Thursday, July 30, 2009

Ray Prohaska: Art Reps & Art Directors

Ray Prohaska was represented by Lester Rossin Associates - the same studio that represented David Stone Martin. Though Rossin had quite a few high profile artists (including Ray) in his 'stable', almost every Lester Rossin ad I've seen from the early 50's features Martin's art ( as in the example below).

In 1956 Ray Prohaska received an Award of Merit for the piece below from the New York Art Directors Club. (Tony Prohaska writes, "I remember posing for one of the kids on the jetty.")

That year, Ray's illustration was at last featured in the top spot of a Lester Rossin group ad in the back pages of the '56 Art Director's Annual.

Tony had a summer job one year at Rossin's studio. He describes what it was like:

"Lets see...Rossin's was one floor... a receptionist, and maybe six people in the bull pen, including one very good letterer, another guy who did airbrush, and several people who did layouts, spots, and retouching. I think there were either three or four salesmen, maybe more, but I don't remember... and Rossin did sales too. I was in the production department, and did deliveries, mattes, wrapping packages, that kind of stuff. There were two of us gofers and a production manager, named Charlie Stubbs. My fellow gofer was Fred Travelena, who became a well known comedian, and died just a couple of weeks ago."

"I'm not sure if Ray ever had an other full time agent in N.Y., beside Rossin. He thought that all agents were crooks, but that you had to find a crook that wasn't too bad. Rossin occassionally would have one of his in-house studio people do a fake Ray Prohaska. I found that out when I worked that summer job for Rossin. Ray said he knew about it, figured it wasn't out of control."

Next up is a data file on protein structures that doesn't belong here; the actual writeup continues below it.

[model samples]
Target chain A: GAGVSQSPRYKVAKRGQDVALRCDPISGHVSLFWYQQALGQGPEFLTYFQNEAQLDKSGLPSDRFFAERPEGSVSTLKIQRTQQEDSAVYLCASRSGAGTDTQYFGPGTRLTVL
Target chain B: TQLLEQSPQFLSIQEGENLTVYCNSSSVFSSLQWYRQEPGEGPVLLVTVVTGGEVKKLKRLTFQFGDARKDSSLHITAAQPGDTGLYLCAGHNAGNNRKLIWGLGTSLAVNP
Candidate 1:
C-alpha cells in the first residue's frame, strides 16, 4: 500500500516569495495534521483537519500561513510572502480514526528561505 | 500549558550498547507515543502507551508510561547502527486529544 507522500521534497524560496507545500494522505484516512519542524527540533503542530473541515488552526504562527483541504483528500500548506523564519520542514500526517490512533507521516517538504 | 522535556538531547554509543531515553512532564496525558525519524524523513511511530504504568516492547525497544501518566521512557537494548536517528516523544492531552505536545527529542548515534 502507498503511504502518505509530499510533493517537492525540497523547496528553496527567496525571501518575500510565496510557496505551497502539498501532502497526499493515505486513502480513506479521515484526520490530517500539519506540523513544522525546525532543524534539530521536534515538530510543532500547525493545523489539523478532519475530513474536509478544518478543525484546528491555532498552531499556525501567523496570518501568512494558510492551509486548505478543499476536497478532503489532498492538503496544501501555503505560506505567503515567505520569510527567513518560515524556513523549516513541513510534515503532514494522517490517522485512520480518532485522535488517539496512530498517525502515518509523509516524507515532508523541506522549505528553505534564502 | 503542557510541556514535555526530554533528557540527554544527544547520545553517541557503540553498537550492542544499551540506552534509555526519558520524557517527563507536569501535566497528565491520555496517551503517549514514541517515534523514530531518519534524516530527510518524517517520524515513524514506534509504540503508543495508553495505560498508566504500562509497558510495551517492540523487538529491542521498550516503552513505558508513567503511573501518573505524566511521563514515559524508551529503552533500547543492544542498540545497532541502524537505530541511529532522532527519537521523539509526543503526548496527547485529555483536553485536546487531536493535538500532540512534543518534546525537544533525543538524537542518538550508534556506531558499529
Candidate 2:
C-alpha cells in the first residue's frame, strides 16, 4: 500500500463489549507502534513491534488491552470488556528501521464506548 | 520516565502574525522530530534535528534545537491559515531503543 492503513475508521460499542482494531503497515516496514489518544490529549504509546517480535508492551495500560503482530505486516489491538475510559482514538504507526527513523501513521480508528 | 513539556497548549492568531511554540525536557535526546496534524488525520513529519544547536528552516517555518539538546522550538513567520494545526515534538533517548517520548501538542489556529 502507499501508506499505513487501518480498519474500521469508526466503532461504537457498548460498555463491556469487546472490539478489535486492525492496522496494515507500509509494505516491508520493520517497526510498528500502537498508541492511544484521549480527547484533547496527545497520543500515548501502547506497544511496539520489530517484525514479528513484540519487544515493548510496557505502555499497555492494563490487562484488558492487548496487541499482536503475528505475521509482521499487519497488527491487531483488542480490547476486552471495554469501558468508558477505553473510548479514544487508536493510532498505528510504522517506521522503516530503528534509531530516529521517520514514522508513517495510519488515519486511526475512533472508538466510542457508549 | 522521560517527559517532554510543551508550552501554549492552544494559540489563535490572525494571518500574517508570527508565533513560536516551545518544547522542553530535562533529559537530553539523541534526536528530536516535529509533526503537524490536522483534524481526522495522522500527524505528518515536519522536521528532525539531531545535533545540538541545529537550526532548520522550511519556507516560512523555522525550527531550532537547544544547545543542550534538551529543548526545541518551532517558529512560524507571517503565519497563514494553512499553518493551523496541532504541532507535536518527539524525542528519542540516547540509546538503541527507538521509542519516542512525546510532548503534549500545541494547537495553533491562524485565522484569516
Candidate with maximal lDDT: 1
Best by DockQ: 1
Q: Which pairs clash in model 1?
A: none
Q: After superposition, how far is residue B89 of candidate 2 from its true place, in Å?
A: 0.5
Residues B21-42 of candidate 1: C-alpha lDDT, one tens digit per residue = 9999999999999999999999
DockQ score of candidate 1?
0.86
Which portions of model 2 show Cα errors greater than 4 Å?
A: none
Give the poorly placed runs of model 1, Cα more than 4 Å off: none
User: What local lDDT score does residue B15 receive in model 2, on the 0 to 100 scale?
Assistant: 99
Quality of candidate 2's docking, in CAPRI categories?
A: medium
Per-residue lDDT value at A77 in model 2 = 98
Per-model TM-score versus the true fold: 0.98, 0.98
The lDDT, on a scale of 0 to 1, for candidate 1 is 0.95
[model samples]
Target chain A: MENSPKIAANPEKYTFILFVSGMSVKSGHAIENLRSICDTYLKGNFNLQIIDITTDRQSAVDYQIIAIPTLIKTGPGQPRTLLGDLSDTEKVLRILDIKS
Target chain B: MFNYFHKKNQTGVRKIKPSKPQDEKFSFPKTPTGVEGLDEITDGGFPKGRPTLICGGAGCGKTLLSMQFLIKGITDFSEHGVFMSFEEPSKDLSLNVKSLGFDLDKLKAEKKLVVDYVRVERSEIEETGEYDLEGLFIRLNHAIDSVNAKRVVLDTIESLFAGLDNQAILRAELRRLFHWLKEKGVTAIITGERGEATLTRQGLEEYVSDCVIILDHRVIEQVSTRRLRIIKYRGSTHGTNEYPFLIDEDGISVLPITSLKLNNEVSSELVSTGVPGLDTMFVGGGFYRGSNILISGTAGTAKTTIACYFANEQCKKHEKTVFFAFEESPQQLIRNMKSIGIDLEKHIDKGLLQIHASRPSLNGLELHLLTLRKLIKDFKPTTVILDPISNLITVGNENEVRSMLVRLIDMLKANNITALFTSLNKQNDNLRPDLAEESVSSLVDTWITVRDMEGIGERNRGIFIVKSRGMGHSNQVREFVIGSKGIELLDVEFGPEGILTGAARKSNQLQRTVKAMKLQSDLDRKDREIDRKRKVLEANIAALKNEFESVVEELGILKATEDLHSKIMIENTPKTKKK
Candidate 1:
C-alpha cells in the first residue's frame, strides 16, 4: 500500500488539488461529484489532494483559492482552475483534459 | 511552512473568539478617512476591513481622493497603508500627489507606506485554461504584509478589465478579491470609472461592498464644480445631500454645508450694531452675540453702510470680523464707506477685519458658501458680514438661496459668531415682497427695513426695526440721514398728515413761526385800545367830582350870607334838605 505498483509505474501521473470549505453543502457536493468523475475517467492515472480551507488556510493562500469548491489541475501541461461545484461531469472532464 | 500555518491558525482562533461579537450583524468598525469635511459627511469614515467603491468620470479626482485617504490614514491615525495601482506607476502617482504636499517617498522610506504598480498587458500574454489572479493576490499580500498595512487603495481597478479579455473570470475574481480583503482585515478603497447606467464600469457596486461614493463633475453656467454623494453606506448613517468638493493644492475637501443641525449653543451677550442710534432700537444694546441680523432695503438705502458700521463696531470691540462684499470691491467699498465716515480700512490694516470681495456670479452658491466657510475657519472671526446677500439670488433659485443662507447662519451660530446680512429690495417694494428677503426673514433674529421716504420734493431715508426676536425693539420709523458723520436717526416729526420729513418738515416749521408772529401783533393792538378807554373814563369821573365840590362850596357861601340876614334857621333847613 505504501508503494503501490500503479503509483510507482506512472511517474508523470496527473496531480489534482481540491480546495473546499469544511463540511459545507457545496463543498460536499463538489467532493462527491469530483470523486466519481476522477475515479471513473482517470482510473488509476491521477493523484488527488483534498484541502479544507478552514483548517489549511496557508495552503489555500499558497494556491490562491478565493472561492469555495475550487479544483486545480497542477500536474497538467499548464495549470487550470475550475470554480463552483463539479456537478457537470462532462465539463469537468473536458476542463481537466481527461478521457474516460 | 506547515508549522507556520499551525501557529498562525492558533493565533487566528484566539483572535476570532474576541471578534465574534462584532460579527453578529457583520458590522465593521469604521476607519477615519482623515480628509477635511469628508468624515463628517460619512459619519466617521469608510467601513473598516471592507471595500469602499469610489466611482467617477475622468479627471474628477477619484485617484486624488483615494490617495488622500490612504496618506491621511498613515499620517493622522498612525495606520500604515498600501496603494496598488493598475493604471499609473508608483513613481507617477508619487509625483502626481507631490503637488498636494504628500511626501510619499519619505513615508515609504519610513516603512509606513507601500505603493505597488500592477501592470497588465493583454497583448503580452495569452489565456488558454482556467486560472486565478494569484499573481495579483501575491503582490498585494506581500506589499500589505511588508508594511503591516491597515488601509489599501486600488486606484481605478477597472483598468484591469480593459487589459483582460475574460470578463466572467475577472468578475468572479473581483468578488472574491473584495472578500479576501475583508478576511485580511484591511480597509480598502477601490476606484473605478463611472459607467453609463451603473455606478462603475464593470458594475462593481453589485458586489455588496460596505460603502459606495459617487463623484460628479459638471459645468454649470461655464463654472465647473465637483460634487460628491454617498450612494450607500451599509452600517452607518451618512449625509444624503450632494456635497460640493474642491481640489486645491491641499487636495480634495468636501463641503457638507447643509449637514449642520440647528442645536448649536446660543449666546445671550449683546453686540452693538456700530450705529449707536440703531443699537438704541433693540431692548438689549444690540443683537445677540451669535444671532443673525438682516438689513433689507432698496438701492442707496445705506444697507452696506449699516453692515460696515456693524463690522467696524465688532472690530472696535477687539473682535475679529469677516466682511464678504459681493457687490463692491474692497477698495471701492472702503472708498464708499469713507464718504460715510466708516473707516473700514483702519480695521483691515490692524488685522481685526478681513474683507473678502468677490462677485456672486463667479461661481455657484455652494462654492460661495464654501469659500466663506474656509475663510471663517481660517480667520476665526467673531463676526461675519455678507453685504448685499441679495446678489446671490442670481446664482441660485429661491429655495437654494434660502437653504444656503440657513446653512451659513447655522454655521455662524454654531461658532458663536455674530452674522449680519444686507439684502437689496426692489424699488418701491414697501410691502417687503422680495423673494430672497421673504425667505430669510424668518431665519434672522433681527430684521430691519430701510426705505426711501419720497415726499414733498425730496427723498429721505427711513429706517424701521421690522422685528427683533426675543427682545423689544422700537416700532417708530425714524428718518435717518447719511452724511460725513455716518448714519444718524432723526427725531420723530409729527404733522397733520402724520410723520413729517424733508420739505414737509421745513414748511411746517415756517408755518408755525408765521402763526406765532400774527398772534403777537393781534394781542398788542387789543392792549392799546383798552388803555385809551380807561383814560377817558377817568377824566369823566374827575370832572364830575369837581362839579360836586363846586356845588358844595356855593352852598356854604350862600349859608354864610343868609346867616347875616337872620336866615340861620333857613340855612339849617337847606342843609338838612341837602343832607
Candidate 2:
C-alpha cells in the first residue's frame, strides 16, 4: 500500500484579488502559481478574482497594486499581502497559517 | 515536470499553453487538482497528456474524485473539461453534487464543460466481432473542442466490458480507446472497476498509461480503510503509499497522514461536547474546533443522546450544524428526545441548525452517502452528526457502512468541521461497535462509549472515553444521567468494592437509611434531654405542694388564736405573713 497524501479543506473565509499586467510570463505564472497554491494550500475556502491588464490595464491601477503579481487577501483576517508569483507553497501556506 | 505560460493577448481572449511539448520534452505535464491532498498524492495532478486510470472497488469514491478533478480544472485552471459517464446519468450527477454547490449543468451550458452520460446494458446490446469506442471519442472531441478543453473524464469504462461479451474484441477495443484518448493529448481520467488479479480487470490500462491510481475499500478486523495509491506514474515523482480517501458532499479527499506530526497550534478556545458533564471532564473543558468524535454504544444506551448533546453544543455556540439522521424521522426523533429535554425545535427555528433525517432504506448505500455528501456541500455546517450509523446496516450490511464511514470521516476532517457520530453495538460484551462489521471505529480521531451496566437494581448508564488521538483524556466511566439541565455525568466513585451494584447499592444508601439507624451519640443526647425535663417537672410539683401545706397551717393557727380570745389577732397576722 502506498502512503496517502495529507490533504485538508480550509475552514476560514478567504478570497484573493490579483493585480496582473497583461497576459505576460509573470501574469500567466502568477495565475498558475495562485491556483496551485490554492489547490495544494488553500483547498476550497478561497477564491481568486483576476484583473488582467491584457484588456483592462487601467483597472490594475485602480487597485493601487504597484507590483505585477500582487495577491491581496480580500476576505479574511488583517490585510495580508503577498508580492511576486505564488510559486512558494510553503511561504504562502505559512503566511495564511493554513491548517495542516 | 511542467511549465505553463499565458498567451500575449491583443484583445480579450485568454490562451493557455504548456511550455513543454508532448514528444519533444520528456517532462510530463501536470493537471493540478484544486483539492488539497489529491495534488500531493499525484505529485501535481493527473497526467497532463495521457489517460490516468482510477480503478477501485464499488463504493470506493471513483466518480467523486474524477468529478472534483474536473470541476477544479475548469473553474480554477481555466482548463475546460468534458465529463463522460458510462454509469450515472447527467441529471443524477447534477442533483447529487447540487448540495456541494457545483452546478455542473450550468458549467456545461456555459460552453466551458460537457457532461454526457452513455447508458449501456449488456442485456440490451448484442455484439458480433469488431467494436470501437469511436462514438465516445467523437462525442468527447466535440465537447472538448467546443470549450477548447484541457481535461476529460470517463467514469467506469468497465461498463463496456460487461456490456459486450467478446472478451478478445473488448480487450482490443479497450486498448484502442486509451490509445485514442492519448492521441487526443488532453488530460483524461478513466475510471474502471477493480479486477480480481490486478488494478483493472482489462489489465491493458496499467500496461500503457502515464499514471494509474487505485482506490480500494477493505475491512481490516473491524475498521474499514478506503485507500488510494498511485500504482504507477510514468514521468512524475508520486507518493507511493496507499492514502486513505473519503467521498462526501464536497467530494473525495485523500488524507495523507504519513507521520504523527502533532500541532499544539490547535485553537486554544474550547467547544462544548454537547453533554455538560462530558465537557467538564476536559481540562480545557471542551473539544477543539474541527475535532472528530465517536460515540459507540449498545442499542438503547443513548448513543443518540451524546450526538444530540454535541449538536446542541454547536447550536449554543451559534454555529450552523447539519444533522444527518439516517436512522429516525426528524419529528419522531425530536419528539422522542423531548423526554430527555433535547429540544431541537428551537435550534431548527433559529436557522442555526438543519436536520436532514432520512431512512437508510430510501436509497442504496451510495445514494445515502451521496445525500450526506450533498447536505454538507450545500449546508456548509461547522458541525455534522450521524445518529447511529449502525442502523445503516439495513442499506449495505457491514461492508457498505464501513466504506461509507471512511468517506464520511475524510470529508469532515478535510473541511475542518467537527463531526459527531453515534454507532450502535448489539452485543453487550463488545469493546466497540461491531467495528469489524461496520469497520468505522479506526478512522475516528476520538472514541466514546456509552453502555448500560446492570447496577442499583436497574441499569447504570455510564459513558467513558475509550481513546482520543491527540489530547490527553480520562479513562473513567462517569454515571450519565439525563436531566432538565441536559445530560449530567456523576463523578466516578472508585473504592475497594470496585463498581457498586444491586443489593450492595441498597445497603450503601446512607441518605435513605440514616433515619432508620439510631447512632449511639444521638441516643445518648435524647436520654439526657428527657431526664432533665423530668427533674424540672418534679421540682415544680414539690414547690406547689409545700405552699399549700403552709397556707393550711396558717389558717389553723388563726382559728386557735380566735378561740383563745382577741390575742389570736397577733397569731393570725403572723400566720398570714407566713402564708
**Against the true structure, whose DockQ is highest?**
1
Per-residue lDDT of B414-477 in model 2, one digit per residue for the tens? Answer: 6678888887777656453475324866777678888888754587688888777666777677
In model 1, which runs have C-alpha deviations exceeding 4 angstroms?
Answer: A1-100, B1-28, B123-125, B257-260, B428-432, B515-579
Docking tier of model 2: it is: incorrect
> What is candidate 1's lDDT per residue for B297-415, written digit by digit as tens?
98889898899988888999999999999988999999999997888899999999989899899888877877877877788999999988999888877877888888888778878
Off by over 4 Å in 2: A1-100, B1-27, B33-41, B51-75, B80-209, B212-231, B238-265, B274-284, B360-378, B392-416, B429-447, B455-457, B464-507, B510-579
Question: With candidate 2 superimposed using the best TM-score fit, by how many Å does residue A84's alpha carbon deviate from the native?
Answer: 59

"He was friends with a guy who'd been an agent and who moved out to Amagansett around the time we did, named Jim Perkins."

Looking over James Perkins' and Lester Rossin's artist lists, we can see some of the biggest names in the New York illustration scene of the day - and see also how close knit the entire community of graphic arts professionals were, socially and professionally.

But did Ray get all his jobs by way of his rep, or did he also take his portfolio around to show to art directors?

Tony writes, "He did get quite a few jobs direct, without Rossin, but I suppose he'd pay him anyway, I'm not sure. Also, his relationship with J. Walter Thompson was an old one, and he kept that up, went up to their offices quite a bit. I think he felt that he was treated o.k. by [Saturday Evening Post AD] Frank Kilker..."

"I'd have to say that one of his favorite jobs was a job he did for Frank Zachery, who was then at Holiday, I'm sure you know of him... it was an illustration of an African scene. He loved Frank. Frank rented the house next door to us one summer, and after that, rented down at the beach every year for several years."

"In general though, art directors were the bane of his existence, and we were under strict orders not to tell them he was fishing, or they'd think he wasn't busy."

"You had to be busy or you were dead, was how he put it."

* Tony Prohaska has put together an extensive website devoted to his dad's life, where you can read a very thorough biography and see many more examples of the artist's work. Go to The Art of Ray Prohaska for more.